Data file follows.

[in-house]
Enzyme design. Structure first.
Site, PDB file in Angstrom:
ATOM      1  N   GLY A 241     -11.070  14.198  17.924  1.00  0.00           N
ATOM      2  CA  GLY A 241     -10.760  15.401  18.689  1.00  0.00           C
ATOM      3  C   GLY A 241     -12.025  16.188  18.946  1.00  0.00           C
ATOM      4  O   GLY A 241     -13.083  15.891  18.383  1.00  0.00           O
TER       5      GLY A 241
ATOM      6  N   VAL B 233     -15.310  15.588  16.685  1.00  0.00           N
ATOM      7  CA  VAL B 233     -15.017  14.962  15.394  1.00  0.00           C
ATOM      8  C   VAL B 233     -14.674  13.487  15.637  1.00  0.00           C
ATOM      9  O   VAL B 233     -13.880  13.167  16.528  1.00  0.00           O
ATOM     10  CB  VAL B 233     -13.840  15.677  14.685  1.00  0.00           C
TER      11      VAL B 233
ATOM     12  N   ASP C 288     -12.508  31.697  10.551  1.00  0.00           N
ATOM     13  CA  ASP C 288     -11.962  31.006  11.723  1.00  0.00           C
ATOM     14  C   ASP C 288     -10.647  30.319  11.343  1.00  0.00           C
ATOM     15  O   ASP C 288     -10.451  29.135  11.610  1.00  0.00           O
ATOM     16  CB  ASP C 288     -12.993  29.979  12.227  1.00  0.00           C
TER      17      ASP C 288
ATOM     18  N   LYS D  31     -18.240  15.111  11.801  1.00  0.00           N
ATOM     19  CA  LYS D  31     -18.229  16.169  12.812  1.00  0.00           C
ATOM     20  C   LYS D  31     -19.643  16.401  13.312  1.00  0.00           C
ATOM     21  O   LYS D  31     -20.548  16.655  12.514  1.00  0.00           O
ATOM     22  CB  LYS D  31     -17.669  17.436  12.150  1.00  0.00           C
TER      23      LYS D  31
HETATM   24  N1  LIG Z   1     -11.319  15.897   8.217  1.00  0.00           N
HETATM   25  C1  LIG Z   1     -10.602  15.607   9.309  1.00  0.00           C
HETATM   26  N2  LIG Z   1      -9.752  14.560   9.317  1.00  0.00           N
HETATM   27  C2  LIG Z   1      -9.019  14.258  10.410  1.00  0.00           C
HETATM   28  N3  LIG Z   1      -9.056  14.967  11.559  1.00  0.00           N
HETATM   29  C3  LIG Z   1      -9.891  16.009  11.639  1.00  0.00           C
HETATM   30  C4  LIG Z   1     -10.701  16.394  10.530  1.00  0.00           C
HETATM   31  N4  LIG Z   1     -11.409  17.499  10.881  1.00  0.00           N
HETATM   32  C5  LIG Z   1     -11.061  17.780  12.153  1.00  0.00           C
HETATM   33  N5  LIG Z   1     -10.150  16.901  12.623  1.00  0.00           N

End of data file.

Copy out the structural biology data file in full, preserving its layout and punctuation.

[in-house]
Enzyme design. Structure first.
Site, PDB file in Angstrom:
ATOM      1  N   GLY A 241     -11.070  14.198  17.924  1.00  0.00           N
ATOM      2  CA  GLY A 241     -10.760  15.401  18.689  1.00  0.00           C
ATOM      3  C   GLY A 241     -12.025  16.188  18.946  1.00  0.00           C
ATOM      4  O   GLY A 241     -13.083  15.891  18.383  1.00  0.00           O
TER       5      GLY A 241
ATOM      6  N   VAL B 233     -15.310  15.588  16.685  1.00  0.00           N
ATOM      7  CA  VAL B 233     -15.017  14.962  15.394  1.00  0.00           C
ATOM      8  C   VAL B 233     -14.674  13.487  15.637  1.00  0.00           C
ATOM      9  O   VAL B 233     -13.880  13.167  16.528  1.00  0.00           O
ATOM     10  CB  VAL B 233     -13.840  15.677  14.685  1.00  0.00           C
TER      11      VAL B 233
ATOM     12  N   ASP C 288     -12.508  31.697  10.551  1.00  0.00           N
ATOM     13  CA  ASP C 288     -11.962  31.006  11.723  1.00  0.00           C
ATOM     14  C   ASP C 288     -10.647  30.319  11.343  1.00  0.00           C
ATOM     15  O   ASP C 288     -10.451  29.135  11.610  1.00  0.00           O
ATOM     16  CB  ASP C 288     -12.993  29.979  12.227  1.00  0.00           C
TER      17      ASP C 288
ATOM     18  N   LYS D  31     -18.240  15.111  11.801  1.00  0.00           N
ATOM     19  CA  LYS D  31     -18.229  16.169  12.812  1.00  0.00           C
ATOM     20  C   LYS D  31     -19.643  16.401  13.312  1.00  0.00           C
ATOM     21  O   LYS D  31     -20.548  16.655  12.514  1.00  0.00           O
ATOM     22  CB  LYS D  31     -17.669  17.436  12.150  1.00  0.00           C
TER      23      LYS D  31
HETATM   24  N1  LIG Z   1     -11.319  15.897   8.217  1.00  0.00           N
HETATM   25  C1  LIG Z   1     -10.602  15.607   9.309  1.00  0.00           C
HETATM   26  N2  LIG Z   1      -9.752  14.560   9.317  1.00  0.00           N
HETATM   27  C2  LIG Z   1      -9.019  14.258  10.410  1.00  0.00           C
HETATM   28  N3  LIG Z   1      -9.056  14.967  11.559  1.00  0.00           N
HETATM   29  C3  LIG Z   1      -9.891  16.009  11.639  1.00  0.00           C
HETATM   30  C4  LIG Z   1     -10.701  16.394  10.530  1.00  0.00           C
HETATM   31  N4  LIG Z   1     -11.409  17.499  10.881  1.00  0.00           N
HETATM   32  C5  LIG Z   1     -11.061  17.780  12.153  1.00  0.00           C
HETATM   33  N5  LIG Z   1     -10.150  16.901  12.623  1.00  0.00           N